Back in 1995 I wrote a novel called Perfect Meringues. In case you don’t remember the Nineties, let me take you back. It was a time when car phones the size of a house brick were the new toy for hotshot businessmen and the rest of us still used urine-scented telephone boxes. It was the time when a tattoo ceased being something regrettable your Dad got when he was in the Army. A tattoo became a style-statement, as did crimped hair and a pierced navel.

Anyone For Seconds

Anyone For Seconds

At the time of writing Perfect Meringues I was in my late 40s, divorced and the mother of four teenagers. As a parent I lived in terror of what havoc dodgy drugs might wreak (a doddle compared to today’s constantly shifting drug scene) and as a mature single woman I inhabited the wasteland of mid-life dating. That was the setting and Lizzie Partridge was my voice.

It didn’t occur to me that this, like everything, would change. And it certainly didn’t occur to me that I’d ever write a sequel.

Well here we are. It’s 2018, Anyone for Seconds is about to be published and Lizzie Partridge is older, greyer and a bit wiser, but not much. There are some parallels in our lives this time too. We’re both alone again - Lizzie, perhaps because of a tendency to snarliness, and me because the diamond husband I found out in that dating wasteland now has dementia. There are worse things than being alone as you approach 70 but it would still be nice to have someone around to discuss world events and help zip (or unzip) your dress.

It isn’t just the momentous changes though. Change is happening all the time. You don’t particularly notice your children transitioning from delicious toddlers to gruesome teenage eye-rollers to polite grownups with mortgages, because it’s all so gradual. Lizzie Partridge often feels wrong-footed by her now highly driven career woman daughter and I can empathise. When did my kids lose interest in the Mister Men books? Whatever happened to the Doc Martens? And where did my son’s hair go?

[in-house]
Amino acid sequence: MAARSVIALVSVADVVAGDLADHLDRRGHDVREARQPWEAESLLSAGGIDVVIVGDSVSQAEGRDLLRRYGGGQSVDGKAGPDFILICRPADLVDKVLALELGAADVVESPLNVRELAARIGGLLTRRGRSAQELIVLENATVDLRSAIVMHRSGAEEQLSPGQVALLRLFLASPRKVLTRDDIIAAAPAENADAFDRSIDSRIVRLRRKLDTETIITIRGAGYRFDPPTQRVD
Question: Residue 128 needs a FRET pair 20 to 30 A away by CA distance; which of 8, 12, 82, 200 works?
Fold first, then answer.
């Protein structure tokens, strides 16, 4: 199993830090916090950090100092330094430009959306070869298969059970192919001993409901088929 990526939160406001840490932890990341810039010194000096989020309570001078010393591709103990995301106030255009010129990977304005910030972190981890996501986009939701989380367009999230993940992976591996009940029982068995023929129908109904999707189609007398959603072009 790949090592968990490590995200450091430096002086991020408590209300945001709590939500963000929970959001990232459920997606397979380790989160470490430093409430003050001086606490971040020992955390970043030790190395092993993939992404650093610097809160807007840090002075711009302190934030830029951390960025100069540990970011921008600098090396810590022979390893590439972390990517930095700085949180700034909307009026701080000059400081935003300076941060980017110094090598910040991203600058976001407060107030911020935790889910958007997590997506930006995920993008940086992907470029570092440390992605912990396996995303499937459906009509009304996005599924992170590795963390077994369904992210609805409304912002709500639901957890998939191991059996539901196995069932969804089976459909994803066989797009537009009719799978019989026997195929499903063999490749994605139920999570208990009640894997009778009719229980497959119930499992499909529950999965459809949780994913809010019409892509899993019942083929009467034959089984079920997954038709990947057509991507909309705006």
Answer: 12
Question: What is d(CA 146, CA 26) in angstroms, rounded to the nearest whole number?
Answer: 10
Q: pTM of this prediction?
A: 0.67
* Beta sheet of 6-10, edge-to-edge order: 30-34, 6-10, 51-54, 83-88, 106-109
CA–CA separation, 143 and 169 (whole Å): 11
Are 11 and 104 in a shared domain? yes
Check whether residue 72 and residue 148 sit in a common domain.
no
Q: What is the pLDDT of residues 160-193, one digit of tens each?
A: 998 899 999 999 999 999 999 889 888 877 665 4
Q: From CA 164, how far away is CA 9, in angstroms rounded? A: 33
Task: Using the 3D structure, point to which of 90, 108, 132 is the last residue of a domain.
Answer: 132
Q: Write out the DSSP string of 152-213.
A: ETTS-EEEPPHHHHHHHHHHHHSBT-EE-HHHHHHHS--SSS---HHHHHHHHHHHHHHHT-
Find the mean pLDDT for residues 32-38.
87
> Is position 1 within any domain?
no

In Anyone for Seconds I have addressed two major themes in the lives of those who reach the silver years: becoming a grandparent, and retirement, particularly of the enforced variety. As I have discovered, with grandparenthood opportunities arise both for anarchy and for contemplation. Grandchildren are one of the answers to, ‘what’s it all about, Alfie?’ They are fragments of your DNA launched into the 21st century. They are also being raised in a world very different to their parents’ childhood, a world of health & safety precautions, political correctness and sex education for five year olds. It is our duty, mine and the likes of Lizzie’s, to throw a few granny firecrackers into the mix, toss aside the knee protectors and encourage everyone to lighten up.

And retirement? Possibly very nice for those who can afford it, but I can’t and neither can Lizzie Partridge whose pension fund is as threadbare as mine. This sequel has enabled me to give Lizzie’s half-dead career a much needed kick up its derriere.  

Anyone for Seconds? by Laurie Graham is published in Hardback by Quercus on 23rd August, £18.99